In an NBER working paper, Jose Maria Barrero, Nicholas Bloom, and Steven J. Davis argue, based on a survey of 30 000 Americans, that
… 20 percent of full workdays will be supplied from home after the pandemic ends, compared with just 5 percent before. … better-than-expected WFH experiences, new investments in physical and human capital that enable WFH, greatly diminished stigma associated with WFH, lingering concerns about crowds and contagion risks, and a pandemic-driven surge in technological innovations that support WFH.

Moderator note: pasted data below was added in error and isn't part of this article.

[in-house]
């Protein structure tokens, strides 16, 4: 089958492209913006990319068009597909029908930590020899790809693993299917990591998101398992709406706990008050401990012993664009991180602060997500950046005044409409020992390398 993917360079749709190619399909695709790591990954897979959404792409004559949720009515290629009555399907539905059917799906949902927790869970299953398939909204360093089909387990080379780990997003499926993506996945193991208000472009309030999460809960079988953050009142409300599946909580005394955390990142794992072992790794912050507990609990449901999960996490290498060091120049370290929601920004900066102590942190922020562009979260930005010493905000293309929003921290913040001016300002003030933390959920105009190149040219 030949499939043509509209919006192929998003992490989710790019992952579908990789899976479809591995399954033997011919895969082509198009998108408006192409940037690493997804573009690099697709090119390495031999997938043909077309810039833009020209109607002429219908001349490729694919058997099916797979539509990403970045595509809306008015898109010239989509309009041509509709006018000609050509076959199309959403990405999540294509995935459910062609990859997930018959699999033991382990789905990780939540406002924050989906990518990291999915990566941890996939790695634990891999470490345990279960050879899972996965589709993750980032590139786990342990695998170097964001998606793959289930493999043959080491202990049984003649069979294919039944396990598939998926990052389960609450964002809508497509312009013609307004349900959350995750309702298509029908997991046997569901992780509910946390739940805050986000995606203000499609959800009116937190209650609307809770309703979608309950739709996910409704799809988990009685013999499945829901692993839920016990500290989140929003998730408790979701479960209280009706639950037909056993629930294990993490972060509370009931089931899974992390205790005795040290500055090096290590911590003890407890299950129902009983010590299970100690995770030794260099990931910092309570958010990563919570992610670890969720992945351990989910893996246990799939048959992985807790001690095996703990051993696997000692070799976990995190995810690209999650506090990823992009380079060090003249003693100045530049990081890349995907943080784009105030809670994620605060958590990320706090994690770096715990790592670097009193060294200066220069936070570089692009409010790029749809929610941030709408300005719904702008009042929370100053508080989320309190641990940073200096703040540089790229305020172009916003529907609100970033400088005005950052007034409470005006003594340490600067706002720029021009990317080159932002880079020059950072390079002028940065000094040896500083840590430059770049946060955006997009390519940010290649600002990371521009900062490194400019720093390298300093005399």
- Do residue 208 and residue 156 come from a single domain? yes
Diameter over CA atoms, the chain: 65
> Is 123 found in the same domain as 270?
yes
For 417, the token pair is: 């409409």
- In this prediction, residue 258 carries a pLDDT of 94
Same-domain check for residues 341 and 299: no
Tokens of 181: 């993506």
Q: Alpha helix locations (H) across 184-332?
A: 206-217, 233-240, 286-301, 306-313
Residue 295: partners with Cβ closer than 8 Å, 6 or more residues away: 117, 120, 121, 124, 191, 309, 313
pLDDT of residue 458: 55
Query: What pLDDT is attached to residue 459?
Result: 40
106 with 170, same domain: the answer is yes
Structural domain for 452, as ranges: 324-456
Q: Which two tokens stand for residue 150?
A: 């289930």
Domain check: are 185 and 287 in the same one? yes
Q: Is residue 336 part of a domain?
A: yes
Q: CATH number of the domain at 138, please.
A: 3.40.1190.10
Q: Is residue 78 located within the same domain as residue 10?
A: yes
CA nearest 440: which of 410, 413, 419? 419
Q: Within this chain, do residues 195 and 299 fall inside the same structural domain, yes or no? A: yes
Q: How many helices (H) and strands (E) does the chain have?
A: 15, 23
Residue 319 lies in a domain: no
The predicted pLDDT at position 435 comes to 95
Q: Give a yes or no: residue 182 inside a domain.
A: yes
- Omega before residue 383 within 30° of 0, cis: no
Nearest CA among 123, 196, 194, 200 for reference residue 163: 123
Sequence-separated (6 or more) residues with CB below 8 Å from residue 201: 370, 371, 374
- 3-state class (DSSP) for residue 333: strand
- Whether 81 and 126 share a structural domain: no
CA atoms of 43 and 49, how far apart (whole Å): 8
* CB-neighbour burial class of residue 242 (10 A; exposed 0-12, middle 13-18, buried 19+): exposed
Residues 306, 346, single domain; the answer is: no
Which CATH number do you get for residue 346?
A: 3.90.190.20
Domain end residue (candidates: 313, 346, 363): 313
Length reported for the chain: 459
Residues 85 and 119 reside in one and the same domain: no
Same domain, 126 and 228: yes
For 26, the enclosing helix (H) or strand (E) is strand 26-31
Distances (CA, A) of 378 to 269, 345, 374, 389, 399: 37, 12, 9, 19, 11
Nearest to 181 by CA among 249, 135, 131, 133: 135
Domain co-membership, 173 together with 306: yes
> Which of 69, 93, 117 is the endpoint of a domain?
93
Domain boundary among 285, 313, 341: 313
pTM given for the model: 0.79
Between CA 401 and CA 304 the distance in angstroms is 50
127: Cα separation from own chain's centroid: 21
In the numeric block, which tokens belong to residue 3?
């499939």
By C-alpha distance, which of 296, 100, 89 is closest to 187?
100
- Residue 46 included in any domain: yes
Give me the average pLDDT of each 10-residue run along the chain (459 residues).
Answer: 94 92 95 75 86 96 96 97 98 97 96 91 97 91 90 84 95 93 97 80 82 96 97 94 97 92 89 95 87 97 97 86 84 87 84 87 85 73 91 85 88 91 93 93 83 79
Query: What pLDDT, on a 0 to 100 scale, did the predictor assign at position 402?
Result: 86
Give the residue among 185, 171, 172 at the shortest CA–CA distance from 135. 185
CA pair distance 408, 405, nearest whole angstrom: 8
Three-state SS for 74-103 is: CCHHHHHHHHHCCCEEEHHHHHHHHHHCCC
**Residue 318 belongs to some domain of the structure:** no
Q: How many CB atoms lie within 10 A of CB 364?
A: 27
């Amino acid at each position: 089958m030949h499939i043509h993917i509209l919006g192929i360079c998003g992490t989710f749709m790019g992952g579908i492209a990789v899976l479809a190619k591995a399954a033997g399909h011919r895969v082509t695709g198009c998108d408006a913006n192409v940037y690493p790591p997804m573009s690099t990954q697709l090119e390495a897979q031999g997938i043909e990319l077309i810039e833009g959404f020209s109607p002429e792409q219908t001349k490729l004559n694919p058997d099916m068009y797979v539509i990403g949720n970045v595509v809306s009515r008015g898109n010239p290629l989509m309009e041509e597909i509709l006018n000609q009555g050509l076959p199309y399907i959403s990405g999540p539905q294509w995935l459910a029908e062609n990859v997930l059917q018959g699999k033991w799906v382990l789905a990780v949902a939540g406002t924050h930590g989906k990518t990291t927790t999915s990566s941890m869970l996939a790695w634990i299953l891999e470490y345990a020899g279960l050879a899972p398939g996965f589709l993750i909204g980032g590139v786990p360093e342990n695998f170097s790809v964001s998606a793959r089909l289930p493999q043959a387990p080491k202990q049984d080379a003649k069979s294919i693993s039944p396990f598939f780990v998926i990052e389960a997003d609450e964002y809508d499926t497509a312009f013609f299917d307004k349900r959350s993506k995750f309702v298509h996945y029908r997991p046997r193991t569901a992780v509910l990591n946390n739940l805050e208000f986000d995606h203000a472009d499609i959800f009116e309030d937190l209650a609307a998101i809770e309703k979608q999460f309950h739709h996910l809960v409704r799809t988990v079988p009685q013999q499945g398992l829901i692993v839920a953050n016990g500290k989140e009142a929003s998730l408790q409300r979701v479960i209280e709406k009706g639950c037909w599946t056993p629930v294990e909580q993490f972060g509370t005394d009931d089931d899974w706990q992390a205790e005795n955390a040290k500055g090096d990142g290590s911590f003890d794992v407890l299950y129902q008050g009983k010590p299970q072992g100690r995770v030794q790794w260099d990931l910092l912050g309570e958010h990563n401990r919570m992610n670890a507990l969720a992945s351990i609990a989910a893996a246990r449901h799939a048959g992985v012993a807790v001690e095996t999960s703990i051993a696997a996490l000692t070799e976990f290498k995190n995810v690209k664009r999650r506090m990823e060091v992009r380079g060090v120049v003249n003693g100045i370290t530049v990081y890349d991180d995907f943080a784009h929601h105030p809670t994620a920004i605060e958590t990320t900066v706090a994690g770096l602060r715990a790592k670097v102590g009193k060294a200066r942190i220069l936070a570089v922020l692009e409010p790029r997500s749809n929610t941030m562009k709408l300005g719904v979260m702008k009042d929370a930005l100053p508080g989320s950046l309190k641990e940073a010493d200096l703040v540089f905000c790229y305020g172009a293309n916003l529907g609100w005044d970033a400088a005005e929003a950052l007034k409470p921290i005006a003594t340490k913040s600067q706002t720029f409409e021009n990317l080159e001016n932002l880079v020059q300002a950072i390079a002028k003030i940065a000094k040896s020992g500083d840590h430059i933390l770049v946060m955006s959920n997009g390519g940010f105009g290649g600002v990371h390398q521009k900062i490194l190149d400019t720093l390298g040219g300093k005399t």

First, employees will enjoy large benefits from greater remote work, especially those with higher earnings. Second, the shift to WFH will directly reduce spending in major city centers by at least 5-10 percent relative to the pre-pandemic situation. Third, … a 5 percent productivity boost in the post-pandemic economy due to re-optimized working arrangements. Only one-fifth of this productivity gain will show up in conventional productivity measures, because they do not capture the time savings from less commuting.